BNSF Railway aims to smooth intermodal volume with pricing incentives

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FORT WORTH, Texas — BNSF Railway has taken another step to wring more capacity out of its existing intermodal network: This week it launched a day of the week pricing system that aims to smooth peaks and valleys in volume.

Currently half of the railroad’s intermodal loads are delivered to terminals between noon on Wednesday and midnight on Friday, creating what BNSF Group Vice President of Consumer Products Tom Williams has called the “rush hour effect.”

The goal of the day of the week pricing program is to shift some of that peak day traffic by offering discounts on lower volume days.

“This action will help ensure BNSF provides its customers with enhanced service reliability and consistency,” the railroad said in a customer advisory. “Uneven freight flows can result in network congestion, train bunching, or delays in unit availability. By making adjustments to freight flows across all days of the week, BNSF’s customers will benefit from available capacity and trucking partners will be able to access intermodal facilities more efficiently.”

“It makes perfect sense,” says intermodal analyst Larry Gross. “Freight volume generally increases through the week, peaking on Friday. This will have the effect of time-shifting some of the more value-conscious shippers with lower service requirements.”

Initially, the price incentives for lower volume days apply only to certain customers and traffic moving in certain lanes.

“We will expand this program over time to other segments of our intermodal business,” BNSF spokeswoman Amy Casas says.

For now, the program is targeted in areas where BNSF capacity is the most limited.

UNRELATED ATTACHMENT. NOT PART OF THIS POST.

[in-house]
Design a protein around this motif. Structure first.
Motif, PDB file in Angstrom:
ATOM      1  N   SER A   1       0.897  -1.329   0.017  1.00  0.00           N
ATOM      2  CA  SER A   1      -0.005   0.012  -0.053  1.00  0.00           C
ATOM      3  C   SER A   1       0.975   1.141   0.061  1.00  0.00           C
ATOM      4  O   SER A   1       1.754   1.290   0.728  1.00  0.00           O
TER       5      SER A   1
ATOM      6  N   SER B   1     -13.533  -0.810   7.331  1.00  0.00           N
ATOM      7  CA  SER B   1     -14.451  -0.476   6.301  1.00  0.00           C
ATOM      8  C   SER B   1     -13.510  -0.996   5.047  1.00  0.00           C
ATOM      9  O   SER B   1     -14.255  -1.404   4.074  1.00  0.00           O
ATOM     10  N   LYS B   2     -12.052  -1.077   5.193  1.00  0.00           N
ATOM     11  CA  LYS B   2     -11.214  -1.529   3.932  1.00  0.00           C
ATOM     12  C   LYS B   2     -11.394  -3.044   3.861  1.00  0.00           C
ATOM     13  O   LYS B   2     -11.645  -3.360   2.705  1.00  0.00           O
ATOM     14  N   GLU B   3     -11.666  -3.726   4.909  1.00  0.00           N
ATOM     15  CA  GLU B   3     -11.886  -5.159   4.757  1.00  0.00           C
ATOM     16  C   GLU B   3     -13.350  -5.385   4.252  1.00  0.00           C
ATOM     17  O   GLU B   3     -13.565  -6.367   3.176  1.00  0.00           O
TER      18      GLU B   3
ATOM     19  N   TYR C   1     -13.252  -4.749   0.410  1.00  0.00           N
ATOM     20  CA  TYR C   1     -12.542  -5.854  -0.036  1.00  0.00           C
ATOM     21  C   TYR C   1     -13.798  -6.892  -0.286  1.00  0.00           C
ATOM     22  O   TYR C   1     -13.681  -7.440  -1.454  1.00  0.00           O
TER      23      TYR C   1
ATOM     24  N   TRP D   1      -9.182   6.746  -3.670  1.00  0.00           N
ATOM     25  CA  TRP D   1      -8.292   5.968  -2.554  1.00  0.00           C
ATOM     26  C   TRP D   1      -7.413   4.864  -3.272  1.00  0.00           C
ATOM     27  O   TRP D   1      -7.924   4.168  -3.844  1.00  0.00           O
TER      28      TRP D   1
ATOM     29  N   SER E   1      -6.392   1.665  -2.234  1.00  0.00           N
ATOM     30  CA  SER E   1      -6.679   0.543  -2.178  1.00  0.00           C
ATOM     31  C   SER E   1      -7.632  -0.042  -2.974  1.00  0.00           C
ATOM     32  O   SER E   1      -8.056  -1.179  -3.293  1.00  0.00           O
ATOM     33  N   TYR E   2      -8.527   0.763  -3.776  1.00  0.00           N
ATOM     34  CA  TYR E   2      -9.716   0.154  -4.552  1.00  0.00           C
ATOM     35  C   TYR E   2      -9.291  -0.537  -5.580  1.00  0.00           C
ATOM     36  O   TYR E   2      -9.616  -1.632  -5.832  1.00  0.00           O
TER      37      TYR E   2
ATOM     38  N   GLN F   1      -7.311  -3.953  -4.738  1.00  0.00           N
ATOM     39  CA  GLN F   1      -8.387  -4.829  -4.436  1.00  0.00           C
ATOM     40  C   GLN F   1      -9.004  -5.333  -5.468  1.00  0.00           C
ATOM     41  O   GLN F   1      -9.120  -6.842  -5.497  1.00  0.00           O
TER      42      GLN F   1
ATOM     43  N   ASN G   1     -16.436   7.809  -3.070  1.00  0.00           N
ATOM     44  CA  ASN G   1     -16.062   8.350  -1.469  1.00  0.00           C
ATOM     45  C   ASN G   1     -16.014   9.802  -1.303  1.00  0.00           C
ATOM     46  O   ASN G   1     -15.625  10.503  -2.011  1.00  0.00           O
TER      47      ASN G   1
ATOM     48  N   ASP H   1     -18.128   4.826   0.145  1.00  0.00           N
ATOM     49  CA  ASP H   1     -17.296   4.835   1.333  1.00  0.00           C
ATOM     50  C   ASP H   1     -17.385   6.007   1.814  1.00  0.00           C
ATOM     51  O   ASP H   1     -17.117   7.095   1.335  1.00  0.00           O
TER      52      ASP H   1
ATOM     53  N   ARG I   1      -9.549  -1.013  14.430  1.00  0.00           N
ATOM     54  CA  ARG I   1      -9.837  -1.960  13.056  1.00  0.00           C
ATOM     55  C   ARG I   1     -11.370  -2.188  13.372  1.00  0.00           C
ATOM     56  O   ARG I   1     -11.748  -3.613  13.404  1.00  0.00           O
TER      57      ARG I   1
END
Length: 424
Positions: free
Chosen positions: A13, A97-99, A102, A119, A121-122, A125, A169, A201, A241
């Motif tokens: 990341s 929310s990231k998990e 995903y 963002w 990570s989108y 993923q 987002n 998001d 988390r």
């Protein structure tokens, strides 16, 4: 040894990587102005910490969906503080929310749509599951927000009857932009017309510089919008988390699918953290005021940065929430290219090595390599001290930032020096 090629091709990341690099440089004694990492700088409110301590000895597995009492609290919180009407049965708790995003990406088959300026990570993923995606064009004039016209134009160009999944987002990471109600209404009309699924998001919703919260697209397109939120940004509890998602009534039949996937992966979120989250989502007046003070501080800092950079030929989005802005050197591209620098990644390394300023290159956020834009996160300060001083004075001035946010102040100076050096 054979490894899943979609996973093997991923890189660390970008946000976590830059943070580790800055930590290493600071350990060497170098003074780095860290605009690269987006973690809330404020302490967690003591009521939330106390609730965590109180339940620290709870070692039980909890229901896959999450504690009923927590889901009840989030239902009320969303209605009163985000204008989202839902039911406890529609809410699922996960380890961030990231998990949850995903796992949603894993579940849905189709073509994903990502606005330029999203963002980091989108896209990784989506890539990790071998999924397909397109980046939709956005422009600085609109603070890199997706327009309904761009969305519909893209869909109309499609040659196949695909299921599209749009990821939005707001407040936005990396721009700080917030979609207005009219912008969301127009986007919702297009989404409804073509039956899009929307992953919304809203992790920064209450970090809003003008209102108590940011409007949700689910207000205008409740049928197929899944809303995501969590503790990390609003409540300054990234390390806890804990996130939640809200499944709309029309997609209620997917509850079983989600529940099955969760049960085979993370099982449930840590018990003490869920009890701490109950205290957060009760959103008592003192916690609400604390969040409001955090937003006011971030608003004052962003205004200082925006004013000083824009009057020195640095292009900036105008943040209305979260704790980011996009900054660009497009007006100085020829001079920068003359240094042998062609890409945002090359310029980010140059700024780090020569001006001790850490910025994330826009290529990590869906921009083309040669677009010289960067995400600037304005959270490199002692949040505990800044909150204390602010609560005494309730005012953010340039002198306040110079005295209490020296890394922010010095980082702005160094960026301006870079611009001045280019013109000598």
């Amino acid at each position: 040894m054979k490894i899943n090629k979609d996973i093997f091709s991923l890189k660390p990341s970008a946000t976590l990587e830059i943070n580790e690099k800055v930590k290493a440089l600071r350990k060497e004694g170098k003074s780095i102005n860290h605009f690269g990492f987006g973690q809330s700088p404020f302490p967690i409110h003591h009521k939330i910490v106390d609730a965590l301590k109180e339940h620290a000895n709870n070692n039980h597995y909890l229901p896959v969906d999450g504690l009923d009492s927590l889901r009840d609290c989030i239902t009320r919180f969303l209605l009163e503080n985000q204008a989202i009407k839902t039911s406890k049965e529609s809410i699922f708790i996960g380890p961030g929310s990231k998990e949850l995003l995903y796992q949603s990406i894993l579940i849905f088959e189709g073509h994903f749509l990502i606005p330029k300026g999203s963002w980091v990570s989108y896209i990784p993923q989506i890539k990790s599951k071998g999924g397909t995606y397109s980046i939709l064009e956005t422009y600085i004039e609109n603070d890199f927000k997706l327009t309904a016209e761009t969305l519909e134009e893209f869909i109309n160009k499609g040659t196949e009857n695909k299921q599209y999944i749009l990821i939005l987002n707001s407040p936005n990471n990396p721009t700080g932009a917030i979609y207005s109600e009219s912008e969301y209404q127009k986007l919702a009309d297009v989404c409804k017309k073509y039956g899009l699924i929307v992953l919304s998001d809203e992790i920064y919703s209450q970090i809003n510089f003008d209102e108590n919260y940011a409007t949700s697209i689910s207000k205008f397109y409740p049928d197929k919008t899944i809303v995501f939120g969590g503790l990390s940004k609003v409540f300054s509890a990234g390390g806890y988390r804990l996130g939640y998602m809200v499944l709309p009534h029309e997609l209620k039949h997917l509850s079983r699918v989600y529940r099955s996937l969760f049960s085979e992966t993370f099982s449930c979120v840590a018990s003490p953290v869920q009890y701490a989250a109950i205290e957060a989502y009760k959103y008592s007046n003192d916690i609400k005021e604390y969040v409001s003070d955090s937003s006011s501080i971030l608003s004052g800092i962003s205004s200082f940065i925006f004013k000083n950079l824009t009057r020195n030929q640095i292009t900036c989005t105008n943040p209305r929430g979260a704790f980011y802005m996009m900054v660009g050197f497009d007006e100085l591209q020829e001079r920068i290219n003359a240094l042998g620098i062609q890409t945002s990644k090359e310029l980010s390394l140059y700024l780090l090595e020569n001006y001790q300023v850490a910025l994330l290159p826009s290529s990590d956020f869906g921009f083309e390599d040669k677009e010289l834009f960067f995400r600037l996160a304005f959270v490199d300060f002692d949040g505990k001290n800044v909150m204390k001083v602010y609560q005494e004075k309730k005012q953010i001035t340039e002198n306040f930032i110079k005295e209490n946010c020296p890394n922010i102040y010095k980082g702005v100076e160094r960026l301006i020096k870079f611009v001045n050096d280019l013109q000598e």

“This will be especially beneficial in markets like the Inland Empire [of California] and Chicago where we need to be able to continue to leverage our capacity as best we can to continue to grow over time,” Casas says. “BNSF will continue to work with our customers to find ways to utilize capacity more efficiently to ensure service reliability, consistency, and our mutual ability to grow.”

Separately, BNSF’s reservation system is giving it better visibility into incoming intermodal loads, which now include a “need by” date that also gives the railroad the ability to balance its trainloads.

If a container arrives at a terminal on a peak day, but doesn’t need to ride a train that day, BNSF will schedule the load to arrive on the required date.

About half of intermodal volume is using the system, Williams said last month at the Intermodal Association of North America’s Intermodal Expo.

Canadian Pacific uses a similar system to balance its intermodal volume by working with customers to schedule boxes to arrive on the specified date, regardless of when they arrive at the originating terminal.

CP, however, found that offering lower rates on slow days and higher rates on peak days did little to smooth volume. Instead, it offers several tiers of pricing based on speed and level of service.

NEWSWIRETrains News Wire

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